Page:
This opacity makes it difficult for authorities to adequately assess risks like money laundering, terrorism financing, or sanctions evasion associated with international payment flows. The issue is compounded by cross-border transfers also tending to be inefficient and slow due to outdated infrastructure not purpose-built for such payments.

With estimates that up to 5% of global GDP may be laundered through banks annually, regulators view cross-border channels as inherently high risk conduits that require more timely transparency to properly oversee.

De-banked or de-risked?

Despite their importance, regulators and central banks consider cross-border payments high-risk due to their opacity and inefficiency. This high-risk classification is a significant concern given the volume and necessity of these transactions, according to Palmer.

Banks may decide to de-bank, or in their eyes, ‘de-risk’ a company for a number of compliance and risk-based reasons. Chief among these is the perceived financial crime or money laundering risk associated with the company’s operations and customer base.

Graham Ridley, strategy director at IFX Payments believes the risk of fraudulent transactions, combined with the cost to serve customers plays a big role in the decision to de-bank a firm. “Because they face severe penalties for any lapses, this contributes to banks’ risk-averse approach and de-risking clients,” he tells Payments Intelligence.

Due to a lack of transparency, a bank may be unable to properly analyse transactions, monitor activities, and comply with know-your-customer (KYC) regulations for a particular organisation, increasing liability risks.

Maintaining such high-risk relationships also involves significant compliance costs that many banks wish to avoid. Banks may also seek to limit overall exposure if a company works in sectors like remittances classified as inherently risky by regulators.

Outdated banking infrastructure can further hinder a bank’s ability to conduct thorough due diligence, audits, and oversight of an account. Thus, when risks are deemed too large and opaque relative to resources, banks often pursue a risk-averse approach through de-banking to withdraw from involvements seen as unsafe or non-compliant from a regulatory perspective. This is proving to be tough for firms.

Implications for non-bank payment providers

De-banking has significant impacts on non-bank payment providers and their ability to facilitate cross-border money transfers. When traditional banks withdraw correspondent banking services and accounts from payment firms, it disrupts these companies’ operations by removing the critical banking infrastructure they rely on.


Financial inclusion efforts that use remittances and money transfers are also impacted, as payment firms cannot support such services when their banking access is withdrawn.

Perhaps most challenging, de-banking forces non-bank payment companies like money transmitters and fintechs to find alternative, more complex solutions to enable cross-border transfers without stable banking partnerships to provide the foundation for cross-border payment networks.

 According to Ridley, small businesses face the concerning prospect of de-banking, a threat that should not be part of their reality. He believes that gaining more clarity on this issue is vital.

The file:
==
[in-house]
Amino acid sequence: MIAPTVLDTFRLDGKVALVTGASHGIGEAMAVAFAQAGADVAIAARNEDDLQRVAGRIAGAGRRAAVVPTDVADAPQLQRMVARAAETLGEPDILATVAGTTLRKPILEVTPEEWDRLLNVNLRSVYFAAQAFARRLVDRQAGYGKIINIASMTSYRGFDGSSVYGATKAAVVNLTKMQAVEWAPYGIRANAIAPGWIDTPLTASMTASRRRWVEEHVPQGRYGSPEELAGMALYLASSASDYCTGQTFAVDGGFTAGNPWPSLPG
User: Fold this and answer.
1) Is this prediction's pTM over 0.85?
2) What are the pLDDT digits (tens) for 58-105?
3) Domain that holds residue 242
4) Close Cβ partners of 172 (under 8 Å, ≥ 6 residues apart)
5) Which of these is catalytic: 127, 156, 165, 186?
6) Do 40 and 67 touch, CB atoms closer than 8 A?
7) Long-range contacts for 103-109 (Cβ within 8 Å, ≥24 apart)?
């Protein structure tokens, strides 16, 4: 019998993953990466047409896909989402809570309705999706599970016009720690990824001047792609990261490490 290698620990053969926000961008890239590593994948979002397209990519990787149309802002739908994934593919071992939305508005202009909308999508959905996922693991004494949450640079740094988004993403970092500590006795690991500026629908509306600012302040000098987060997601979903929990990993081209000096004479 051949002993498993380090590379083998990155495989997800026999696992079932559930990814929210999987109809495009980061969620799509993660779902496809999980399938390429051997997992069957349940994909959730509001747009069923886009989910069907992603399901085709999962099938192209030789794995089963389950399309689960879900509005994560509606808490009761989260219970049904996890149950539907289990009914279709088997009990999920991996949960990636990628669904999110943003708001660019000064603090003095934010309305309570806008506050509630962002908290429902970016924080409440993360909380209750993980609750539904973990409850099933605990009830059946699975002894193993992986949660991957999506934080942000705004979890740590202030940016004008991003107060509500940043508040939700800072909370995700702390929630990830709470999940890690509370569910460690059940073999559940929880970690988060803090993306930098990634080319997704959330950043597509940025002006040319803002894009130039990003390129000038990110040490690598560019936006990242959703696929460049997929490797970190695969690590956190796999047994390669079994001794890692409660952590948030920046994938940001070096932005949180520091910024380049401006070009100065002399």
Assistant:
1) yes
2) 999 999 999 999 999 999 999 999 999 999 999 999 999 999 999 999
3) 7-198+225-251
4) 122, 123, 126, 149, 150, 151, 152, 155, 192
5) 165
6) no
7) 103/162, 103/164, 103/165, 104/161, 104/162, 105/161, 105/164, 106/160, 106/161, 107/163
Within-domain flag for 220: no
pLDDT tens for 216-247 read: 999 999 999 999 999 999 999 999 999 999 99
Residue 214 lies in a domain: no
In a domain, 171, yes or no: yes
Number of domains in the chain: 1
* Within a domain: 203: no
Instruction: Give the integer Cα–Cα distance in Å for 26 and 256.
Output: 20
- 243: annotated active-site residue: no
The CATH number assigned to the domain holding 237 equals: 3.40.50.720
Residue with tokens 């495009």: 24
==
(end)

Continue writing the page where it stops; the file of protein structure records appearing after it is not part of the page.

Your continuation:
“We want to see more guidance from the regulator in order to further highlight the importance of getting this right for small businesses especially.”

How the legacy banking construct can be ‘fixed’ with software

According to Palmer, the corresponding banking system can be fixed with the implementation of new software to help automate processes involved with cross-border transactions. This could help address banks’ risk concerns while reducing costs.

“If you look at the current correspondent banking construct, the number of manual transactions from even boarding a financial institution onto another correspondent bank, financial institution, platform and the absence of software to automate that process and enable transparency is a big issue,” he explains.

If the software allows for the execution of the automation of risk, compliance rules and data sharing is recognised as a solution, new paradigms will emerge, and it will be transformative, Palmer admits.

In order to create this efficiency gain, software must be implemented to allow for a correspondent bank to properly manage its relationships with all of its partner banks. This will enable, for the first time ever, banks to share in some of the foreign exchange with the originating bank they’re not sharing in today.

Palmer says: “The fact is, there was never software as part of any core bank system, digital bank platform, or other bank-tech designed for each participant in the cross-border ecosystem – originating institution, correspondent bank, intermediate bank, or others – such as independent FX traders and liquidity providers, regulators, or even central banks. As a result, the industry and customers have suffered under the weight of manual processes.”

With the right software solutions in place, regulators and central banks could gain improved oversight abilities and more efficiently manage risks associated with non-bank providers like EMIs and PSPs. Correspondent banks could similarly streamline relationships and compliance activities through more data-driven, automated processes.